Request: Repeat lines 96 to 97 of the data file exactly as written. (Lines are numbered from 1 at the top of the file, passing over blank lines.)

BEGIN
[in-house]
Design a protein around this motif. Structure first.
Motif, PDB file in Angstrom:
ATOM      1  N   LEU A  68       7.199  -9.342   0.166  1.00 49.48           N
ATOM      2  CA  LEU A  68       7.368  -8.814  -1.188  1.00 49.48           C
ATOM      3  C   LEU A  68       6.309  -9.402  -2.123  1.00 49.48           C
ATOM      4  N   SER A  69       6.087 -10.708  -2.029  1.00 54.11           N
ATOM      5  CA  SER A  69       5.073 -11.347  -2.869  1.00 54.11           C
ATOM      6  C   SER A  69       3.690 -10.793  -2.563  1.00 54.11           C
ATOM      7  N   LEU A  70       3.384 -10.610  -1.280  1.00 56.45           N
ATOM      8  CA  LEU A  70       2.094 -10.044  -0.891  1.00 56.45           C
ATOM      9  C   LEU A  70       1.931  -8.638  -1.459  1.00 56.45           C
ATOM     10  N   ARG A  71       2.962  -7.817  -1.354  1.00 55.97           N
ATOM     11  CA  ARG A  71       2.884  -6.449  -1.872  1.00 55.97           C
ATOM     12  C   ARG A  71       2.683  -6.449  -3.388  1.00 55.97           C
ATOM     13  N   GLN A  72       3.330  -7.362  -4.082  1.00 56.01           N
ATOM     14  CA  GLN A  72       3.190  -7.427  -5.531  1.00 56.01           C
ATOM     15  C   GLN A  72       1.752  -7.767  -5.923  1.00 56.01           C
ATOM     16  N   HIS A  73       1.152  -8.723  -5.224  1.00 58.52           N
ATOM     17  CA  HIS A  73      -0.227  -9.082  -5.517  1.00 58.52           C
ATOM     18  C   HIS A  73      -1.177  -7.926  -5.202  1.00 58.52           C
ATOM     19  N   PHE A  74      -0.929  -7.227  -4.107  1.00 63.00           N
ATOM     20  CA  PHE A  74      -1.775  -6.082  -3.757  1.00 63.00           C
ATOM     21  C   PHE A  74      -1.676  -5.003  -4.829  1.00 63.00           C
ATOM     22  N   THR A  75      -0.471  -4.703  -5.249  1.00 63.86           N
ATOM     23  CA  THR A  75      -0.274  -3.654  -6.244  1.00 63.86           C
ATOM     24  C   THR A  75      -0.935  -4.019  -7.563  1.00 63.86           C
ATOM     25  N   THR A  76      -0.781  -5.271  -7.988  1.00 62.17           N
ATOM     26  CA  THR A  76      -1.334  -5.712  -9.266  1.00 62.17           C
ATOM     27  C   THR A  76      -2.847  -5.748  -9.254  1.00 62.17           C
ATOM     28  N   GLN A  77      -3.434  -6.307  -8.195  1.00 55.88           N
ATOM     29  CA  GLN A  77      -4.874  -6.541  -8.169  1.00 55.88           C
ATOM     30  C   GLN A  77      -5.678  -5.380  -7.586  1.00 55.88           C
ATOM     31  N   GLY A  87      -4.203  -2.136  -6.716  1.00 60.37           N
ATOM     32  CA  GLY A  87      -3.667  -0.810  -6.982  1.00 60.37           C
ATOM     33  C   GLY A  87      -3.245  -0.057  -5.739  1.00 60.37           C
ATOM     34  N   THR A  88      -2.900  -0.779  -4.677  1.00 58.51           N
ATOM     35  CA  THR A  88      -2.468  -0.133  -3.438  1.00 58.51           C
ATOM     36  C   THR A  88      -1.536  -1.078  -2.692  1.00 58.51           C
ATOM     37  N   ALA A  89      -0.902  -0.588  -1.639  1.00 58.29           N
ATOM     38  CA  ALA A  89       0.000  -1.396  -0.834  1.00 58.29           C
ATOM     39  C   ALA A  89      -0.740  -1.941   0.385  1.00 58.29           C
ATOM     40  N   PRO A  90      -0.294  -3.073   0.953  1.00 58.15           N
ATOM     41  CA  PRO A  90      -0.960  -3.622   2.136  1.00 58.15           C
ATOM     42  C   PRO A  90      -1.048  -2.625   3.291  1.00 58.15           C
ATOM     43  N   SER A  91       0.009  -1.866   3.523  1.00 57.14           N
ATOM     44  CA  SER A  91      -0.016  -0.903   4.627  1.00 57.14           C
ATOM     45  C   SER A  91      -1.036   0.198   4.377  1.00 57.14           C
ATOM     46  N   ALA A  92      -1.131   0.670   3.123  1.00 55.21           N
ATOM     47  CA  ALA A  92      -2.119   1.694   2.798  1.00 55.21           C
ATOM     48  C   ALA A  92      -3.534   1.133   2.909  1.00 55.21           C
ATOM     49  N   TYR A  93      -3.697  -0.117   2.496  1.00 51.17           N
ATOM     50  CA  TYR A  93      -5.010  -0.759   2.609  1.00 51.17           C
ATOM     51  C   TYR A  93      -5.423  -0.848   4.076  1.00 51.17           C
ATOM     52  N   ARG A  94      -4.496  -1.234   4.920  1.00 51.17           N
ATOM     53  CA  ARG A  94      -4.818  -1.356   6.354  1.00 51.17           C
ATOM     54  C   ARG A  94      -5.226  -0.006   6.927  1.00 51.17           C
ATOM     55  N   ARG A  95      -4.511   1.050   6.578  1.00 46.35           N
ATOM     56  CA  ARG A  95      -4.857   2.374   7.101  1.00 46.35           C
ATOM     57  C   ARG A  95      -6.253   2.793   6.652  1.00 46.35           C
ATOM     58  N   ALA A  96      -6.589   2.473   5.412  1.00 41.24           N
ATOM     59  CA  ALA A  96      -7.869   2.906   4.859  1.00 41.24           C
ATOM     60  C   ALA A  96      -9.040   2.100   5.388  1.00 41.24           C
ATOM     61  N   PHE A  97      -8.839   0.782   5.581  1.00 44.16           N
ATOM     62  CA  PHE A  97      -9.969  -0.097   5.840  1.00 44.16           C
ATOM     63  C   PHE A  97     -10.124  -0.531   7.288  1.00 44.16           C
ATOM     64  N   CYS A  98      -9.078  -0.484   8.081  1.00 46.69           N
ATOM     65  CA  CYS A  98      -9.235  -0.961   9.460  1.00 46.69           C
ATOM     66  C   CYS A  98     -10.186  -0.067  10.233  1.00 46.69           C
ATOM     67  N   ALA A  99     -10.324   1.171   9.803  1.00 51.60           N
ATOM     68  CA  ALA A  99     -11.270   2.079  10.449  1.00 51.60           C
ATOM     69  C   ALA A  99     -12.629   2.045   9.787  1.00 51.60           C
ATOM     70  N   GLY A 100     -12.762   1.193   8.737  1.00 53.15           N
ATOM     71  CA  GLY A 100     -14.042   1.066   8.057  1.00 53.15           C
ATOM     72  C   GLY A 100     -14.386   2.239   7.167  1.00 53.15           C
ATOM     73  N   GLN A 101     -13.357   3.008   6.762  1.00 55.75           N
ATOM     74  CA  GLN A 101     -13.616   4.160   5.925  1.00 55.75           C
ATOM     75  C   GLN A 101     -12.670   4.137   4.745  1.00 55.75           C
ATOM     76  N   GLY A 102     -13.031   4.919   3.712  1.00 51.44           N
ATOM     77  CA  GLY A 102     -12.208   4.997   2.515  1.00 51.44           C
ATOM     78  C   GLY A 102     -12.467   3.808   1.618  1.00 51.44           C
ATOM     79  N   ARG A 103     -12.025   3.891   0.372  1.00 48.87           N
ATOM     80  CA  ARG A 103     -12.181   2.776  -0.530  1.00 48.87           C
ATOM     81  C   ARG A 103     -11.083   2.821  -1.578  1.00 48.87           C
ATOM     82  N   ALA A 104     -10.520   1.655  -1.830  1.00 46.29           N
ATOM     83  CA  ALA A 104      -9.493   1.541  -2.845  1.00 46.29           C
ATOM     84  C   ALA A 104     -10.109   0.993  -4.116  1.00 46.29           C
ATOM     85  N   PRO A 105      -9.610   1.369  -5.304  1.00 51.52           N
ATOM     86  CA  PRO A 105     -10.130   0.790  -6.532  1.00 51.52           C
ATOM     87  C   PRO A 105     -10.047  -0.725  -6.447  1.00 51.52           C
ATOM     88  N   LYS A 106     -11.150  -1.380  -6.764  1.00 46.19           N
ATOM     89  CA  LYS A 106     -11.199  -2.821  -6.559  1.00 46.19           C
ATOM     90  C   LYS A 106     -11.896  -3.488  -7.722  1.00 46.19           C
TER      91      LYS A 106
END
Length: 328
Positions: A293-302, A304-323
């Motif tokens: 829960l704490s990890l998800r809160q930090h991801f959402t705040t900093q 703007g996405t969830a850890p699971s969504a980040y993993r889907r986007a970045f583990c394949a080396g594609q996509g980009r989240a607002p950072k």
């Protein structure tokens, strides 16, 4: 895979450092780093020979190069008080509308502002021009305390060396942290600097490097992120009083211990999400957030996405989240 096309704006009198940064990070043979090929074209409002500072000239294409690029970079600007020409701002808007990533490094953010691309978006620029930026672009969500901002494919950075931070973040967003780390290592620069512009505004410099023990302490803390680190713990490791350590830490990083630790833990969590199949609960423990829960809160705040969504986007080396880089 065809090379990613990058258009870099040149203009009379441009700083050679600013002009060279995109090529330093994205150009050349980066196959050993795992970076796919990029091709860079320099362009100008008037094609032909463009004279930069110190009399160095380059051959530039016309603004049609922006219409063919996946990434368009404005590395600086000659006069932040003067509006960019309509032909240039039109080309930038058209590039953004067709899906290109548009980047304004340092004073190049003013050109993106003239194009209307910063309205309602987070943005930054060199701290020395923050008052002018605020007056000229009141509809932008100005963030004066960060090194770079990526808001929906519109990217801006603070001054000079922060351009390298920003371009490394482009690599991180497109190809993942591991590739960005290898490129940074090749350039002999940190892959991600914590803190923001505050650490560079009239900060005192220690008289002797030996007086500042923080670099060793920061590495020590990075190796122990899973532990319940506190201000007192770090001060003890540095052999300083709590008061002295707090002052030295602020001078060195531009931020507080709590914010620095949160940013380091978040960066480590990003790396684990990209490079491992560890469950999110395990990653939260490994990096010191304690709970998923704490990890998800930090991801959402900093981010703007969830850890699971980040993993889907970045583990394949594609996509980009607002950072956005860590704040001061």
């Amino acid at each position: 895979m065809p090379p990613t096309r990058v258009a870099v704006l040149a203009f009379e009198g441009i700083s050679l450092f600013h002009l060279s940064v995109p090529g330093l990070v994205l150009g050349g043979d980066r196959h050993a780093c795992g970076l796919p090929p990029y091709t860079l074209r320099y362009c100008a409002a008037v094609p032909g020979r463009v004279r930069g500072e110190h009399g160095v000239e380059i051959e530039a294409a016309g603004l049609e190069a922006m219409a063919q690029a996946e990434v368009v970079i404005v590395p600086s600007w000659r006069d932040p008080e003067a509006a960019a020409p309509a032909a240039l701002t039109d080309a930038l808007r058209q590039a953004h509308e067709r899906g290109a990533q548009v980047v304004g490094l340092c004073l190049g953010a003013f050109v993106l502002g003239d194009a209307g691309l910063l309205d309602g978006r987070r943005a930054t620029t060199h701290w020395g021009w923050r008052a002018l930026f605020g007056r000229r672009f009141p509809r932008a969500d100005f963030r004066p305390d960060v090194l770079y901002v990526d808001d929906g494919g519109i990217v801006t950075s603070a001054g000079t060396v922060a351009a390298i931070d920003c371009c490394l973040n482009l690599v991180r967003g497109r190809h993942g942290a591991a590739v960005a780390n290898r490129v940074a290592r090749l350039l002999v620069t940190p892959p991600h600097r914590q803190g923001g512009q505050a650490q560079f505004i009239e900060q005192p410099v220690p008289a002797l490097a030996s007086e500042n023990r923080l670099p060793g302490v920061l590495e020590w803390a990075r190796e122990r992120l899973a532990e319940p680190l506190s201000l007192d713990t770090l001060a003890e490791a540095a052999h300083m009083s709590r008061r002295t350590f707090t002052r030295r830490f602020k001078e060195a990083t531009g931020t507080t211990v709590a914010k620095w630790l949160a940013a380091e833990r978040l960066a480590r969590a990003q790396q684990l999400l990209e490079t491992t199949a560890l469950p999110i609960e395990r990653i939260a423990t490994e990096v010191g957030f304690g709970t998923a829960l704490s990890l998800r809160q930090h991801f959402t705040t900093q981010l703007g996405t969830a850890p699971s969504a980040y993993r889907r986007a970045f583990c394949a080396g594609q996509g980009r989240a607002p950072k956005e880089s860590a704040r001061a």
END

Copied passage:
Length: 328
Positions: A293-302, A304-323